It’s been one of those days; such is the despair that can be imbued into our souls when we focus on the muck of this world. It started the minute I turned on the news and I saw an analysis of Joe Biden’s performance on Tuesday’s contrived “town hall”. I could sense the fury rising within me as I consumed the gunk being offered by CNN and immediately sensed the joys evaporating from my spirits. I fell for the trap that is impossible to avoid; politics is a narcotic that robs us of our mirth and replaces it with indignation devoid of joie de vivre.
I was moved enough to write an article this morning laced with arsenic in order to bleed my spleen of the rage that had been stoked by our president’s phoniness only to find myself mired further in the stews of bitterness. The whole day passed and I sensed my chest tightening up with enmity; the more I reflected on the kabuki dance of our politics, the further I felt annoyed. Such was my state of pique that I decided to take a nap midday when I’m normally playing with my son and exchanging moments of levity with my wife.
I woke up this evening only to find myself still enmeshed in ire; cooped up in my home, recovering from Covid-19 and walled off from the world, I let a malicious public serpent root me in a passion I could not outpace no matter how much I tried. My wife finally decided to take time for herself after spending the whole day tending to her unending duties as a mother so it was my time to take care of our son. I knew I had to shake this feeling of irritability that was enveloping me like the bitter cold in Texas. I decided to turn to music in order to shed the shadows of exasperation that was mobbing my heart.
For some reason, one of my favorite songs from my childhood beckoned so I turned to YouTube and typed in “Can’t Hurry Love Cover” hoping to find respite from umbrage through music. The transformation happened instantly! Perhaps it was the sounds of my youth or the uncontained glee of my son Yohannes; in a flash the enmity I carried all day morphed into jubilation. As horrible I sound when I attempt to croon, I started to sing along and I felt at one with the melodies emitting from television. My son, never one to miss an opportunity to dance and exude felicity, started to clap and boogie as Jordin Sparks belted her rendition of the Supremes hit in the background.
Despite the concert taking place in the White House with political deep fakes like the Obamas, Biden and a motely crew of frauds in attendance, I shook their dirt off my shoulders and just embraced the resonance. You see, life is what we make of it and our moods are a reflection of what we seek; we can either focus on miseries or embrace the subtle occasions that give meaning to the universe. I refused to let grifters in the background evaporate the rising sense of delight in my heart. The First Bank President and the Crypt Keeper currently occupying 1600 Pennsylvania Avenue were erased from my mind by the pure cheerfulness of my son.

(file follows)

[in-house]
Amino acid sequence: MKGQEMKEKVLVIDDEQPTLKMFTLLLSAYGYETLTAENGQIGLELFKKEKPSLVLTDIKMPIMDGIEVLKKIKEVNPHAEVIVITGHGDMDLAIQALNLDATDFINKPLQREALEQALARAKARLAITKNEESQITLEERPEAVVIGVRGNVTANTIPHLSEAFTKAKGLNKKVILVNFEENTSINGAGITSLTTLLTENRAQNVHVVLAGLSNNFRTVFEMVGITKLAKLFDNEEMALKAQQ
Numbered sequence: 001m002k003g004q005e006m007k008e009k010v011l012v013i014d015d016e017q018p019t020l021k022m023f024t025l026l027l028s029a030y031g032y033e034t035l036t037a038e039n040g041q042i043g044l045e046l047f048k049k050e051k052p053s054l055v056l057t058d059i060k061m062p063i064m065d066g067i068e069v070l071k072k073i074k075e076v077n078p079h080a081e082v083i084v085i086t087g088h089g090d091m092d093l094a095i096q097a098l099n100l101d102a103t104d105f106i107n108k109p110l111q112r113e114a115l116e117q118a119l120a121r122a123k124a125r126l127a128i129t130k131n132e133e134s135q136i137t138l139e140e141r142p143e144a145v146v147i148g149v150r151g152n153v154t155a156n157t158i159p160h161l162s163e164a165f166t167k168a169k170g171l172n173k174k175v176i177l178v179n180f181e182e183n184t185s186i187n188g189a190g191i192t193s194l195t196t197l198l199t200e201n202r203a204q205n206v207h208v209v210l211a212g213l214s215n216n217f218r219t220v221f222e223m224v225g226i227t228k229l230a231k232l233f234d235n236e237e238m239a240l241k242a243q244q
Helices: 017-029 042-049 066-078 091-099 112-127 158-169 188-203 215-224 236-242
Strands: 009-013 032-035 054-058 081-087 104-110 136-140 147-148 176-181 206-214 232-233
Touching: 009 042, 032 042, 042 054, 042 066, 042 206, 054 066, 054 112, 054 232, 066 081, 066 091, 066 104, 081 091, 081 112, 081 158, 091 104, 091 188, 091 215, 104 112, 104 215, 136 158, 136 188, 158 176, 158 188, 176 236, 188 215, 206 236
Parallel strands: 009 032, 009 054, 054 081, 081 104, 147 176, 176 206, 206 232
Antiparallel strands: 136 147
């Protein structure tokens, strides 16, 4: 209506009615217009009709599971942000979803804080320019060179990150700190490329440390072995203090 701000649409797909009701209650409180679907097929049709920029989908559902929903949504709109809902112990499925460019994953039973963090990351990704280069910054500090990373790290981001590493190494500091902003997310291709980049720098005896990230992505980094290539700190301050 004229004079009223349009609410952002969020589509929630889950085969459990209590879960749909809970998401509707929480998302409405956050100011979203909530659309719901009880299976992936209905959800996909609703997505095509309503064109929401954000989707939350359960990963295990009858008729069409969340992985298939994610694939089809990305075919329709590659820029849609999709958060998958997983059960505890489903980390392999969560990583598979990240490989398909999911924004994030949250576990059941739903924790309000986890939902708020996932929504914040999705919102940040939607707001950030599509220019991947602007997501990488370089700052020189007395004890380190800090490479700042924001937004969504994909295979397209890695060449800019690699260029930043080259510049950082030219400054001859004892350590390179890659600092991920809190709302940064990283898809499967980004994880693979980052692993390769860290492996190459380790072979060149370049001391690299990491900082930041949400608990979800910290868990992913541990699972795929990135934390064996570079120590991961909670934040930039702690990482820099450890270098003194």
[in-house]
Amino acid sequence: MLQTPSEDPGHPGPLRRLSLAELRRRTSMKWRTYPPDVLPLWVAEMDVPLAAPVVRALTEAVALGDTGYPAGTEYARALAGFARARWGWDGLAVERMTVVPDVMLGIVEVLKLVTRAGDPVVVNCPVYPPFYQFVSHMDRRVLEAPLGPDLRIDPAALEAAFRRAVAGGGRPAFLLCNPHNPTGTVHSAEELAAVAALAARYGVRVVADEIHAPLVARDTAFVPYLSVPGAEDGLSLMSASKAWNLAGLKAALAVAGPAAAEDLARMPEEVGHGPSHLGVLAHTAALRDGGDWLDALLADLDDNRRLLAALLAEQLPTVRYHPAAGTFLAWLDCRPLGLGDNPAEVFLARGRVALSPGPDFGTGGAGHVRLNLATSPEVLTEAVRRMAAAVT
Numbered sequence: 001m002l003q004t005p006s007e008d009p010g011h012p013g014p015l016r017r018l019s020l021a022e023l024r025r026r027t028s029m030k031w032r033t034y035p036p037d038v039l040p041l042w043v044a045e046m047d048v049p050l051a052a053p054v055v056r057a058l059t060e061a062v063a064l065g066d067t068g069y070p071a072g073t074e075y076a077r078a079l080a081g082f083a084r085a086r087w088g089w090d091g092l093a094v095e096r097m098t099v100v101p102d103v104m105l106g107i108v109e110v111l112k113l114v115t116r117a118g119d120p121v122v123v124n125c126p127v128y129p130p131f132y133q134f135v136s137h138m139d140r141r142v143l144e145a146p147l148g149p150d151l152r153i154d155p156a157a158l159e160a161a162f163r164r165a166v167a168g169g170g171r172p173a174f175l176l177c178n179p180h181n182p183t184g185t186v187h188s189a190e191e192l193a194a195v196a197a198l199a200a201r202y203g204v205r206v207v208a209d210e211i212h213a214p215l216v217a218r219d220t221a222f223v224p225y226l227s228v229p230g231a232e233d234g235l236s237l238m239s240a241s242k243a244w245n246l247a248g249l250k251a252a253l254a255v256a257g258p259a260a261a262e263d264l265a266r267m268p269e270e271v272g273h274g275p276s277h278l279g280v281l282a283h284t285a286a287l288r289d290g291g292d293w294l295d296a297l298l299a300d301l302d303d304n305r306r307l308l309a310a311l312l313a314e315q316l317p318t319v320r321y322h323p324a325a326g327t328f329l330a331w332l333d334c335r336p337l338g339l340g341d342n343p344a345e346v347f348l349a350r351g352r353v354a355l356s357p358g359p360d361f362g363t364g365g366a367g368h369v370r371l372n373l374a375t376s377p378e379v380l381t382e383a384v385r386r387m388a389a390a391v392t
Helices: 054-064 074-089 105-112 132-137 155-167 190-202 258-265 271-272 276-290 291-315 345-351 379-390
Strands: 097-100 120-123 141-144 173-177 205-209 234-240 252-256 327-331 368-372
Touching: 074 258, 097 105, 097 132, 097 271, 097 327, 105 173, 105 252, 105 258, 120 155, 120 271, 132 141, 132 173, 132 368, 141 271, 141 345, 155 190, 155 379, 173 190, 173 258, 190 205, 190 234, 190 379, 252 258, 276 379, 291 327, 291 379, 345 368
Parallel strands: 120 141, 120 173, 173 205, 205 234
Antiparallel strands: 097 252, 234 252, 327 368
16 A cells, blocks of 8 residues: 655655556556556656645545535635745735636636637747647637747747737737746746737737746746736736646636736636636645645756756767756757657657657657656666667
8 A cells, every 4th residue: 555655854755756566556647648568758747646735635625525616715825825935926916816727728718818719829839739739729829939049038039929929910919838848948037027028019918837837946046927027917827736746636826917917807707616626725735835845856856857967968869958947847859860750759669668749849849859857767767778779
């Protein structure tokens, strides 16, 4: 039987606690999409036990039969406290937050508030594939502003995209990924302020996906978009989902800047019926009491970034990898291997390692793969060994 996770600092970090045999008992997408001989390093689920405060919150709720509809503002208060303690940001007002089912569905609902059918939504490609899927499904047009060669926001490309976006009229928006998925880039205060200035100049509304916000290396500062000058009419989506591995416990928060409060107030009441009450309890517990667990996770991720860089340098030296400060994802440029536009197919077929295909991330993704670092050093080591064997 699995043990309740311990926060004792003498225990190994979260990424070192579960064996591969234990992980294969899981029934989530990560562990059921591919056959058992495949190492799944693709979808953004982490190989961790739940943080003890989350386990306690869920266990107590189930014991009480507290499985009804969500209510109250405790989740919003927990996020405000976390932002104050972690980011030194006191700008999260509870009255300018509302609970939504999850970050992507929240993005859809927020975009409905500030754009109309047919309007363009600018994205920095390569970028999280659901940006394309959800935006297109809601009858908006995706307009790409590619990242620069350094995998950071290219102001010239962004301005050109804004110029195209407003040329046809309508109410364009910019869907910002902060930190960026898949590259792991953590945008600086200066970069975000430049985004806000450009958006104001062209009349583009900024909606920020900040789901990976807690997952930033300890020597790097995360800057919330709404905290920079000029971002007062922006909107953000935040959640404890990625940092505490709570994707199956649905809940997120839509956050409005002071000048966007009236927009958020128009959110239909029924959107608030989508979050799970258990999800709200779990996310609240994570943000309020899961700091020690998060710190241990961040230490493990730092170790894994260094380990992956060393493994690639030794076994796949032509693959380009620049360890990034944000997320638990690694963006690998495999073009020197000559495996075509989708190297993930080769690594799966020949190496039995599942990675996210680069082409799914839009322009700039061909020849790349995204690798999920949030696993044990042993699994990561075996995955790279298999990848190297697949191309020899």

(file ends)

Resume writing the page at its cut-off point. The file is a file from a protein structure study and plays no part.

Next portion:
It was at this precise moment that I realized a lesson I learned a long time ago; no matter how much we care about justice and no matter how much we rage against the iniquities of this world, we cannot let the multiplying inequalities of society steal our optimism. It is imperative that we ground ourselves in the staccatos of gratitude in between the bars of infringements. I write this to the author as much as the sojourners who try daily to bend the arc of history towards due process; find your balance and seek thankfulness in the face of resentment or else you will sink your disposition in a sea of animosity.
I am thankful to my son for being a beacon and reminding me that all is perfect in this world despite the breaches of our time. There is a message in between the melody you see, we truly cannot hurry redress anymore than we can rush love. All we can do is our part and then leave to a greater power the rest. In spite of the excesses, rather in defiance of the surpluses of suffering we keep witnessing about us, we must find it within our essence to embrace every minute of life and relish the ups and downs of living while we are still breathing. I learned this one lesson from my son Yohannes—feel everything in the moment. One second tears, the next second bliss; we must emulate the innocence of children to find heaven on this earth. #LessonsFromChildren Click To Tweet
“Only that day dawns to which we are awake. There is more day to dawn. The sun is but a morning star.” ~ Henry David Thoreau
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